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Consequences of early postnatal benzodiazepines exposure in rats. I. Cognitive-like behavior.

Mikulecká A, Subrt M, Stuchlík A, Kubová H - Front Behav Neurosci (2014)

Bottom Line: Between-session habituation, however, was found only in the controls.No difference between groups was found in a repeated acquisition test (10 and 40 days after the first acquisition test).Not only were changes observed on conventional cognitive tests in our study, but the changes also seem to be related to emotional/motivational responsiveness.

View Article: PubMed Central - PubMed

Affiliation: Institute of Physiology, Academy of Sciences of the Czech Republic Prague, Czech Republic.

ABSTRACT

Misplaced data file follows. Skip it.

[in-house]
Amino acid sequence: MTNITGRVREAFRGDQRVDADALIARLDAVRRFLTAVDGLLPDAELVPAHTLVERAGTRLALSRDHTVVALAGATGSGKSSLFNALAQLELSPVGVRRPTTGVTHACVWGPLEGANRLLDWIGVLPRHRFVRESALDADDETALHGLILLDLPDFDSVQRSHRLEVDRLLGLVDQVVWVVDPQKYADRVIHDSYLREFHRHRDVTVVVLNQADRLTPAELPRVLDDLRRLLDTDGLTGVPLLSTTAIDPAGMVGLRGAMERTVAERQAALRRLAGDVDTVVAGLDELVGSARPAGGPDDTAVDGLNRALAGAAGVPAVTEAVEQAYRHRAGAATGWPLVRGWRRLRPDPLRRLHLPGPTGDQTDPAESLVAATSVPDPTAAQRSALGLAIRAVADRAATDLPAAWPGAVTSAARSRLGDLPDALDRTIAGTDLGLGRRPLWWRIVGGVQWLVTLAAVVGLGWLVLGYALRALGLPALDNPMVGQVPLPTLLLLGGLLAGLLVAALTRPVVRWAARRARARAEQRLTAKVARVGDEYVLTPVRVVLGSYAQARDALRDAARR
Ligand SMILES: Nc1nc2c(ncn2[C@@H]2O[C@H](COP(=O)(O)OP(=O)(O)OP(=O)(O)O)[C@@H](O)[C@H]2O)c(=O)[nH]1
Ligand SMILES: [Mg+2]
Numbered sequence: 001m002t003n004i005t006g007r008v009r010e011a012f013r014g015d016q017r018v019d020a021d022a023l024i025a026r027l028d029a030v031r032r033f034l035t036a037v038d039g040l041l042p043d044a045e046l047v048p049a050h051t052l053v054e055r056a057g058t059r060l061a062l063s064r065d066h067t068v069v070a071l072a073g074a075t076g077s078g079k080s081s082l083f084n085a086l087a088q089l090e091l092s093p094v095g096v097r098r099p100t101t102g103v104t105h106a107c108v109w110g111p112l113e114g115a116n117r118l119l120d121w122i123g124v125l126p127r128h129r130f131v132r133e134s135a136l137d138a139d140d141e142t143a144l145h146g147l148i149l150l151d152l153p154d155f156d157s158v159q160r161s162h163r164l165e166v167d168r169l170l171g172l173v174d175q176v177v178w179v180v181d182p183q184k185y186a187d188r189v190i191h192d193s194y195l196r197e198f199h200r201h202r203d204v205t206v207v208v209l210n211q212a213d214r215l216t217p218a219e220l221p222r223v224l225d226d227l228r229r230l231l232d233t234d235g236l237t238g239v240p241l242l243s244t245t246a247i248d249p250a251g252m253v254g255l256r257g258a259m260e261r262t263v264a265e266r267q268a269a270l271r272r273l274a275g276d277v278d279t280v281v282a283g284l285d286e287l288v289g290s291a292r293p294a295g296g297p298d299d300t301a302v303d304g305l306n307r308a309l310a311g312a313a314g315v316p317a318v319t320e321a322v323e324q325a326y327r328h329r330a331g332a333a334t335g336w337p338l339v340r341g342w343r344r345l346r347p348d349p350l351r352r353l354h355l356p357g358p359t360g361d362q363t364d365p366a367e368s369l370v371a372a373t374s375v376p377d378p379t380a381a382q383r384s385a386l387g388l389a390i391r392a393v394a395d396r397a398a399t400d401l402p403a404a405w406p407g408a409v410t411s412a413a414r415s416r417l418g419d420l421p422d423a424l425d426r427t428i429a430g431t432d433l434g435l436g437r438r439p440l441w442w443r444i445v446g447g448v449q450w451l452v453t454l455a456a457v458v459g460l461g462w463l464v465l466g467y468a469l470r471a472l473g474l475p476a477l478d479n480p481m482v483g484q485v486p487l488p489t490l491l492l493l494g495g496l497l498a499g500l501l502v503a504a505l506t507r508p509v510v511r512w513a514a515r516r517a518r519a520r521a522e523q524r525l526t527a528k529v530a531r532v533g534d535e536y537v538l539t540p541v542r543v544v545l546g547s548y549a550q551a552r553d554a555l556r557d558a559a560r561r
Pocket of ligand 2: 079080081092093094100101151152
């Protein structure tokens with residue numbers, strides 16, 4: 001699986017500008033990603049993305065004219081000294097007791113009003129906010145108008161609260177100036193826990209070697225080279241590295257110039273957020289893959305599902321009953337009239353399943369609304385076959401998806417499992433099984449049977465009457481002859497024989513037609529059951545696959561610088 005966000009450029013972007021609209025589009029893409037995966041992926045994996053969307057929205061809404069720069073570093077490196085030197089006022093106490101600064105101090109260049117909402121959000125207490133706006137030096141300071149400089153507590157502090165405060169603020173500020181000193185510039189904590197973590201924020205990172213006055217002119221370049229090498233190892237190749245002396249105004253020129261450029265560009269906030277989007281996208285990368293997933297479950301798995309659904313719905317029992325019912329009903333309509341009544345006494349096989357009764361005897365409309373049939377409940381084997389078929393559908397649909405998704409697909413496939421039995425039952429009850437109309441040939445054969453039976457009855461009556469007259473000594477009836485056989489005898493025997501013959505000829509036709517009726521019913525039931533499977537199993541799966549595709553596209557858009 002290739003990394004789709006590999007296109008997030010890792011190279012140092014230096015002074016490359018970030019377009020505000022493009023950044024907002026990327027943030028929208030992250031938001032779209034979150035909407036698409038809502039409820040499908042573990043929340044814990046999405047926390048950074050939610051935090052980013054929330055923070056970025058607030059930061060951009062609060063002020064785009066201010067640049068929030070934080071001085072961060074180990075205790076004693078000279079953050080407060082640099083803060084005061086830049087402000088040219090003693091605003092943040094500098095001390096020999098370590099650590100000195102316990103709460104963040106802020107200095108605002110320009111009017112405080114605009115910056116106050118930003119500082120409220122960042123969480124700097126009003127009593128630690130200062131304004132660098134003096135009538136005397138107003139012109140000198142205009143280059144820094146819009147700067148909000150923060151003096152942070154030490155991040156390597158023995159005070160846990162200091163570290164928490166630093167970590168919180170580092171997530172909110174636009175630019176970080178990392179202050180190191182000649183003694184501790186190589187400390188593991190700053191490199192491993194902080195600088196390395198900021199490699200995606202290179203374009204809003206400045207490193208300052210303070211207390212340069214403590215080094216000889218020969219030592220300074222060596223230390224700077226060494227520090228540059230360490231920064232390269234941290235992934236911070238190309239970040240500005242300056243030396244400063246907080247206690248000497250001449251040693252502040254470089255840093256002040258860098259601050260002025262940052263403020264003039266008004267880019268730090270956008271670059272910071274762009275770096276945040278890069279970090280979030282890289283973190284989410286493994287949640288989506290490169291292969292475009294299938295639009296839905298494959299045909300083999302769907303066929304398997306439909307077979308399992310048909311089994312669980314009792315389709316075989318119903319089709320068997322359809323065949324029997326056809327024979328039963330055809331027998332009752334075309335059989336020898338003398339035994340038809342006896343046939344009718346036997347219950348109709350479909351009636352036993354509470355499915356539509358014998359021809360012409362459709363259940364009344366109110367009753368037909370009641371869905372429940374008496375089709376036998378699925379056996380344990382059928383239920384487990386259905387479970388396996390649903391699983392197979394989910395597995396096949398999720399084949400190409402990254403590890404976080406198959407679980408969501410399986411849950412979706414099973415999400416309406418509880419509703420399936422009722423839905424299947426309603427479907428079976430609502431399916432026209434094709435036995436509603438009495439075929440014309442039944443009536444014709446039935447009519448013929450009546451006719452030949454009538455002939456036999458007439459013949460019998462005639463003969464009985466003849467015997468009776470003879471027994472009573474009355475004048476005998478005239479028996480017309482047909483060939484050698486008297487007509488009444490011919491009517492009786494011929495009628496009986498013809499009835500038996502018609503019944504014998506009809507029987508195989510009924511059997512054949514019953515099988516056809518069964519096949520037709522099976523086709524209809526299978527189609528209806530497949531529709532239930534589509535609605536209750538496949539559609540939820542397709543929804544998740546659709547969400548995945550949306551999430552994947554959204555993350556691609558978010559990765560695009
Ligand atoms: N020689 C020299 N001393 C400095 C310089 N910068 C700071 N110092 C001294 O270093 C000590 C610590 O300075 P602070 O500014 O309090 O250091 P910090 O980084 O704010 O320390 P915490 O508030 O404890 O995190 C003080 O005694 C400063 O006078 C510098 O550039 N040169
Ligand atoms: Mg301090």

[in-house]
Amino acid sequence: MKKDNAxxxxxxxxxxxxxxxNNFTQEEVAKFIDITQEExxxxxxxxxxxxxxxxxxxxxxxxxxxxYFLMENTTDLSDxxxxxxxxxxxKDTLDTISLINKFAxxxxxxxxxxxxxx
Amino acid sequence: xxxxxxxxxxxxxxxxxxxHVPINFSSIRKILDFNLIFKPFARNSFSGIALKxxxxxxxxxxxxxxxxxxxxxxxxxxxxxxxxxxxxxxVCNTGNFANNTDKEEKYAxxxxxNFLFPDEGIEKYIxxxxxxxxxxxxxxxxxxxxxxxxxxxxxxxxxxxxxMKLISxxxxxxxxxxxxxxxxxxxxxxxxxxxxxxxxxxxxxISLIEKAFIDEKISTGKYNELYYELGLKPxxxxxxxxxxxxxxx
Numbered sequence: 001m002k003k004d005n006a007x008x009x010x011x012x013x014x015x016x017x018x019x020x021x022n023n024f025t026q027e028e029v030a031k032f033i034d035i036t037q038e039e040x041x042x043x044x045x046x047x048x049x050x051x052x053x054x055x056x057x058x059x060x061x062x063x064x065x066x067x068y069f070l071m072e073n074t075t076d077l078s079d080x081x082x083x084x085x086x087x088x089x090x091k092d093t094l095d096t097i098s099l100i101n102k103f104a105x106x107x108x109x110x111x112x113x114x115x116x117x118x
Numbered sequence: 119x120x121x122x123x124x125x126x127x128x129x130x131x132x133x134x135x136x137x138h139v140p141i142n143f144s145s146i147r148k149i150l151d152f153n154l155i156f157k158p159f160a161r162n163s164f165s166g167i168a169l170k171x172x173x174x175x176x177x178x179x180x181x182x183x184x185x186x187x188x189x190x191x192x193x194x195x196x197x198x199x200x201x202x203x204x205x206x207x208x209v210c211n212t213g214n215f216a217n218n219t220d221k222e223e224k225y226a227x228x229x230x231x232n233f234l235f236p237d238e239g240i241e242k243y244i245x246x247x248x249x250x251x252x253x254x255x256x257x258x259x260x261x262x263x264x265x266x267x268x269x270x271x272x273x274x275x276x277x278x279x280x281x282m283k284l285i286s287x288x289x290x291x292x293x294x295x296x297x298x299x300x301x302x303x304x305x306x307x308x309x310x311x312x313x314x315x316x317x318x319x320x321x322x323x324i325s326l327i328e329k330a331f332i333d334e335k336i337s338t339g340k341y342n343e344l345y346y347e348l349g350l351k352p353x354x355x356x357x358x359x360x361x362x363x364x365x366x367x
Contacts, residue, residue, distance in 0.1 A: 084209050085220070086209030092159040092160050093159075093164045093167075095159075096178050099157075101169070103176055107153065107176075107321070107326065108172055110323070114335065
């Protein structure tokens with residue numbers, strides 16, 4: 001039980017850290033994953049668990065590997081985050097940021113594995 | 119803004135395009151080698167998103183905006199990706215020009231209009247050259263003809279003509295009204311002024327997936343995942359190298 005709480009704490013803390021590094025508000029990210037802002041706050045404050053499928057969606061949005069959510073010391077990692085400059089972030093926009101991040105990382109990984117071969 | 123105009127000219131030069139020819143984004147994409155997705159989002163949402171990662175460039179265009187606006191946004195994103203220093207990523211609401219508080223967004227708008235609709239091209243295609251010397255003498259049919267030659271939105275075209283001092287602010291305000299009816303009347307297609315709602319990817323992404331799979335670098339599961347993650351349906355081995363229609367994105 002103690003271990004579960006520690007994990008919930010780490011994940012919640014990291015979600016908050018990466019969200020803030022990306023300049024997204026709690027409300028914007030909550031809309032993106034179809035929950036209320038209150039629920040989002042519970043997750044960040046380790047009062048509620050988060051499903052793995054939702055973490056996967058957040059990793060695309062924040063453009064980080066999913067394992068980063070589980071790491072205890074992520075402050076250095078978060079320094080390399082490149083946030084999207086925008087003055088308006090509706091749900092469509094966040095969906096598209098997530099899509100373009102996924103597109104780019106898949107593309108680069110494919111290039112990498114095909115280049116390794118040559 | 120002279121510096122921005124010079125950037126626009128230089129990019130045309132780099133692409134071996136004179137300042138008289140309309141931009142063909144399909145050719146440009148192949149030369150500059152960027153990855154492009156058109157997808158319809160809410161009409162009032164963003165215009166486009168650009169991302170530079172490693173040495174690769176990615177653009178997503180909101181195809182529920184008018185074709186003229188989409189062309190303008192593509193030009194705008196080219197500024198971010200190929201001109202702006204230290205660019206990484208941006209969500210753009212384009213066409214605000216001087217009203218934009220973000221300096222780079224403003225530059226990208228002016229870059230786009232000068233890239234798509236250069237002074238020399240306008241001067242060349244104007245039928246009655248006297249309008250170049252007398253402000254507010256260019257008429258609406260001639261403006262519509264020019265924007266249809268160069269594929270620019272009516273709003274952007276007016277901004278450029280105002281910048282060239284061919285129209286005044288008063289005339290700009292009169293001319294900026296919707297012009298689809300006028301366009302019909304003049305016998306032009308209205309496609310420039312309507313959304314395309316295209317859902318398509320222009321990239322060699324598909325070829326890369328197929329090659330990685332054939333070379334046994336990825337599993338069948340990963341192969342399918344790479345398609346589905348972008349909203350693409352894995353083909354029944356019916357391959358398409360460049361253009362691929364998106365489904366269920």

Clinical and experimental studies suggest possible risks associated with the repeated administration of benzodiazepines (BZDs) during the prenatal or early postnatal period on further development and behavior. In the present study, we assess short- and long-term effects of early exposure to clonazepam (CZP) on cognitive tasks. CZP (0.5 or 1.0 mg/kg/day) was administered from postnatal day (P)7 until P11, and animals were exposed to the following behavioral tests at different developmental stages: (1) a homing response (HR) test, which exploits the motivation of a rat pup to reach its home nest, was administered on P12, P15, P18 and P23 rats; (2) passive avoidance was tested in three trials (at 0, 2 and 24 h intervals) on P12, P15, P18, P25 and P32 rats; (3) within- and between-session habituation was tested in an open field (OF) at P70; and (4) a long-term memory (LTM) version of the Morris water maze (MWM) was tested at P80. A 1.0 mg/kg dose of CZP extended latency in the HR and decreased the number of correct responses when tested at P12 and P23. In the first trial of the passive avoidance test, latency to enter a dark compartment was shorter in the CZP-exposed rats. Both treated and control animals older than P15 learned the passive-avoidance response at the same rate. Irrespective of the treatments, all adult animals showed within-session habituation. Between-session habituation, however, was found only in the controls. With respect to the MWM test, all animals learned to reach the platform, but animals exposed to higher doses of CZP spent more time swimming in the first acquisition test. No difference between groups was found in a repeated acquisition test (10 and 40 days after the first acquisition test). The results of the present study show that even short-term exposure to CZP alters behavioral responsiveness in pre-weaning, juvenile and adult animals. Not only were changes observed on conventional cognitive tests in our study, but the changes also seem to be related to emotional/motivational responsiveness.